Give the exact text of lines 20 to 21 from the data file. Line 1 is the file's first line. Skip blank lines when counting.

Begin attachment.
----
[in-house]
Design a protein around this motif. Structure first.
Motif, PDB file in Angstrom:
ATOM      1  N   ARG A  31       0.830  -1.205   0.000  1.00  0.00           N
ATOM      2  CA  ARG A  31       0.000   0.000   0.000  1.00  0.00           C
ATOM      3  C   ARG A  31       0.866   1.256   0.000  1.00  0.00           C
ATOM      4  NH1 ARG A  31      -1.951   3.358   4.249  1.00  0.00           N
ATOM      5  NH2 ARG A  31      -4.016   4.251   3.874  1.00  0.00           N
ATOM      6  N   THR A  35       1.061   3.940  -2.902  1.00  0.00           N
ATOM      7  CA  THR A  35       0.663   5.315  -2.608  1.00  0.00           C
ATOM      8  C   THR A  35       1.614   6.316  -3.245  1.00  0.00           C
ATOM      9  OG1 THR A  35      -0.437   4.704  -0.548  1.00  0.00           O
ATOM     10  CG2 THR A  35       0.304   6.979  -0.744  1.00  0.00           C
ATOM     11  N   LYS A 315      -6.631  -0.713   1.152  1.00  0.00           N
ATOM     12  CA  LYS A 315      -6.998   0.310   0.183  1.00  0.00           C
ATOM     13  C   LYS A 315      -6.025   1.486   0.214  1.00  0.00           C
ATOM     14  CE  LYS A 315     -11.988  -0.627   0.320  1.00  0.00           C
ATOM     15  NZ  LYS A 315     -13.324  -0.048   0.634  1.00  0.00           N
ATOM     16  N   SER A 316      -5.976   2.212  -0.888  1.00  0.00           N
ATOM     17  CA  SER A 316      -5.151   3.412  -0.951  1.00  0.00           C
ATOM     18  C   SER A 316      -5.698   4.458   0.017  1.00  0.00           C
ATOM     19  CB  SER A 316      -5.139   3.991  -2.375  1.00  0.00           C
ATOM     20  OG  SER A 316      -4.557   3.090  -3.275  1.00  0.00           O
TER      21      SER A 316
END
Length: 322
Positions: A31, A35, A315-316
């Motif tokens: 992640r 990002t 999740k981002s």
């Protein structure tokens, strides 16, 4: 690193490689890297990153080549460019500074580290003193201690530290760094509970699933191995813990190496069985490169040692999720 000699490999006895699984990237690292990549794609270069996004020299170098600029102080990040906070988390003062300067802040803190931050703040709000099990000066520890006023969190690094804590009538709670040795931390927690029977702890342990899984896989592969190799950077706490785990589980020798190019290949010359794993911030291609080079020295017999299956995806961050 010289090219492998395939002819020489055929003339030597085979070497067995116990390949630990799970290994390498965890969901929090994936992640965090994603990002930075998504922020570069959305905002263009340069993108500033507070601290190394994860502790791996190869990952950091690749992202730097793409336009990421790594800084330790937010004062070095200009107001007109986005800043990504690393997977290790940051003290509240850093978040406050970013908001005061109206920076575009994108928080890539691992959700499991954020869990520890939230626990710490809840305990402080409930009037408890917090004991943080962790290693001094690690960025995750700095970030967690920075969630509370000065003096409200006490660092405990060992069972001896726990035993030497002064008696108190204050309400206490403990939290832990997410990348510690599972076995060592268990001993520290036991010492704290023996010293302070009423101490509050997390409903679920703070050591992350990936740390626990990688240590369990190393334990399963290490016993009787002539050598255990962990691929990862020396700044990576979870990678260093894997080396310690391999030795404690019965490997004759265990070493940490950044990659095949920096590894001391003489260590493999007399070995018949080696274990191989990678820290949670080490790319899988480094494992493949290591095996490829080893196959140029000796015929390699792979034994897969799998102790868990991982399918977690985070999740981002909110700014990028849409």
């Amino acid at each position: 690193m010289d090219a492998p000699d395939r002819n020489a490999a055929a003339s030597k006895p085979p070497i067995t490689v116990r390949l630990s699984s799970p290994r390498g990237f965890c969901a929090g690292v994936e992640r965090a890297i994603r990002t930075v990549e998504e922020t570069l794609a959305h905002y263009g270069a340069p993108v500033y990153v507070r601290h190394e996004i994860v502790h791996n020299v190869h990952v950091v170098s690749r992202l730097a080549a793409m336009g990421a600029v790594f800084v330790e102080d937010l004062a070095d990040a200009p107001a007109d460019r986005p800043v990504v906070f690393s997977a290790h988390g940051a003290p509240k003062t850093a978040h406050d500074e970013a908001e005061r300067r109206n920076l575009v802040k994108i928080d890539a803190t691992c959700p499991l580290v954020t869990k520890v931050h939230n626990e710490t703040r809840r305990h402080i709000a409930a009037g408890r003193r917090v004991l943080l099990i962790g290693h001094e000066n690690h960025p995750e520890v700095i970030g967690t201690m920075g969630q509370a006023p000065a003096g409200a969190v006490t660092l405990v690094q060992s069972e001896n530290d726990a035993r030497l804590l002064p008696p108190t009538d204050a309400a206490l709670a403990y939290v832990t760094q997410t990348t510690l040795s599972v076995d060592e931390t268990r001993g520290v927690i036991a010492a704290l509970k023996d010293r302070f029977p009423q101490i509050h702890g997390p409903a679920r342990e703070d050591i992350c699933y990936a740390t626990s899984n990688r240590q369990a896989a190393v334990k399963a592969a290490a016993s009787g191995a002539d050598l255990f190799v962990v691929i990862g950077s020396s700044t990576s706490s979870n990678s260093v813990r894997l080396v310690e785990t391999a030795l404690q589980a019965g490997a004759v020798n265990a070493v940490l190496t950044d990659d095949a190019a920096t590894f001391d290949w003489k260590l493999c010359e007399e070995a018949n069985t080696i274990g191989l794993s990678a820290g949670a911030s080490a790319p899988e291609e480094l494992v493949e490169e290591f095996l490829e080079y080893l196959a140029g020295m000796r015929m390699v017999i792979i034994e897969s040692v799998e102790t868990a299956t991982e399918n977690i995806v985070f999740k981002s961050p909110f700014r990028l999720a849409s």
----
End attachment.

ATOM     17  CA  SER A 316      -5.151   3.412  -0.951  1.00  0.00           C
ATOM     18  C   SER A 316      -5.698   4.458   0.017  1.00  0.00           C